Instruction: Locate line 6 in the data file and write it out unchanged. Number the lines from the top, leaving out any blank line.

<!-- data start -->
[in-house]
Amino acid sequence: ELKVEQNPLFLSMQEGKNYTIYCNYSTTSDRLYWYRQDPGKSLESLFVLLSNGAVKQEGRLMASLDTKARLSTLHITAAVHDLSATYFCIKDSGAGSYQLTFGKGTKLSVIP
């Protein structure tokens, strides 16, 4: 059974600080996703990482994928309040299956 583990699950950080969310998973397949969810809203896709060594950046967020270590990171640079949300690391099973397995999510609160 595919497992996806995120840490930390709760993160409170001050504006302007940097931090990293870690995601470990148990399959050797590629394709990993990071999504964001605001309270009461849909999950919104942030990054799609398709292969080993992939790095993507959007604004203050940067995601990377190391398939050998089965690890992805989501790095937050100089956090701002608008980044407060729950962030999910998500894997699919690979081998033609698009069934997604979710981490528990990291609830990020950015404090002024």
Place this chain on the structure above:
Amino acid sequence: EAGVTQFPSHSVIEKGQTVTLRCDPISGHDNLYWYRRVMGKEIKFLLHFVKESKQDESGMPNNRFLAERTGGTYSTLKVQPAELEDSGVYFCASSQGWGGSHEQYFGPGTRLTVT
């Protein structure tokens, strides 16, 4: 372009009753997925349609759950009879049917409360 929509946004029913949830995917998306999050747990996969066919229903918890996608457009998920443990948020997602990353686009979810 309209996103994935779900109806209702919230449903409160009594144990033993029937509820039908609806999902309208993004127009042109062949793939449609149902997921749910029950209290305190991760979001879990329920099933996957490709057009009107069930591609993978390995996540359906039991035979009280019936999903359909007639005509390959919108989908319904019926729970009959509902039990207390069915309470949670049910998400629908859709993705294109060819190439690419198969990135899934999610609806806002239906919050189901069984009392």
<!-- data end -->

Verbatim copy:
């Protein structure tokens, strides 16, 4: 372009009753997925349609759950009879049917409360 929509946004029913949830995917998306999050747990996969066919229903918890996608457009998920443990948020997602990353686009979810 309209996103994935779900109806209702919230449903409160009594144990033993029937509820039908609806999902309208993004127009042109062949793939449609149902997921749910029950209290305190991760979001879990329920099933996957490709057009009107069930591609993978390995996540359906039991035979009280019936999903359909007639005509390959919108989908319904019926729970009959509902039990207390069915309470949670049910998400629908859709993705294109060819190439690419198969990135899934999610609806806002239906919050189901069984009392």